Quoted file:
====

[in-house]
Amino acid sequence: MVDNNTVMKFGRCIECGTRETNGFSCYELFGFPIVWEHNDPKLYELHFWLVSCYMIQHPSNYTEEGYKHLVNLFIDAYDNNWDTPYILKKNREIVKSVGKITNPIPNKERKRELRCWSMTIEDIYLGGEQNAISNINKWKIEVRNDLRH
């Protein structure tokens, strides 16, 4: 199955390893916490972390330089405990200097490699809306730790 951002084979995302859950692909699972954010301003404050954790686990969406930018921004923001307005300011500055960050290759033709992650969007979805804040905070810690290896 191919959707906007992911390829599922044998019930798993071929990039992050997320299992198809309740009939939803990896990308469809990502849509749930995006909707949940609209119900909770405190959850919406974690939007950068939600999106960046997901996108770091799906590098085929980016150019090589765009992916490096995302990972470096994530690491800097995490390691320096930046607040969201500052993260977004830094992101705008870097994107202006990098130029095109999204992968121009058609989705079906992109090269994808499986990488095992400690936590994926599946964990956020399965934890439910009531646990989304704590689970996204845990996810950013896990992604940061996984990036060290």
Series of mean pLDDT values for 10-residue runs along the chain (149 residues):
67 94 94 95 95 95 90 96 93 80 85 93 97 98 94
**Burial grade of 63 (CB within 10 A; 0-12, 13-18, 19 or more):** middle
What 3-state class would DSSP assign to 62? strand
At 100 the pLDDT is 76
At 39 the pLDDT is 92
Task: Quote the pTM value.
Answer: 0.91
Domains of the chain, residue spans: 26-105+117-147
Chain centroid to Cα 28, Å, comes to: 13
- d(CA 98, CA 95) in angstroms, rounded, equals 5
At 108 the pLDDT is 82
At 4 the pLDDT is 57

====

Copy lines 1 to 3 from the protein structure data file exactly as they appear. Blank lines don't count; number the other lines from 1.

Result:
[in-house]
Amino acid sequence: MVDNNTVMKFGRCIECGTRETNGFSCYELFGFPIVWEHNDPKLYELHFWLVSCYMIQHPSNYTEEGYKHLVNLFIDAYDNNWDTPYILKKNREIVKSVGKITNPIPNKERKRELRCWSMTIEDIYLGGEQNAISNINKWKIEVRNDLRH
């Protein structure tokens, strides 16, 4: 199955390893916490972390330089405990200097490699809306730790 951002084979995302859950692909699972954010301003404050954790686990969406930018921004923001307005300011500055960050290759033709992650969007979805804040905070810690290896 191919959707906007992911390829599922044998019930798993071929990039992050997320299992198809309740009939939803990896990308469809990502849509749930995006909707949940609209119900909770405190959850919406974690939007950068939600999106960046997901996108770091799906590098085929980016150019090589765009992916490096995302990972470096994530690491800097995490390691320096930046607040969201500052993260977004830094992101705008870097994107202006990098130029095109999204992968121009058609989705079906992109090269994808499986990488095992400690936590994926599946964990956020399965934890439910009531646990989304704590689970996204845990996810950013896990992604940061996984990036060290």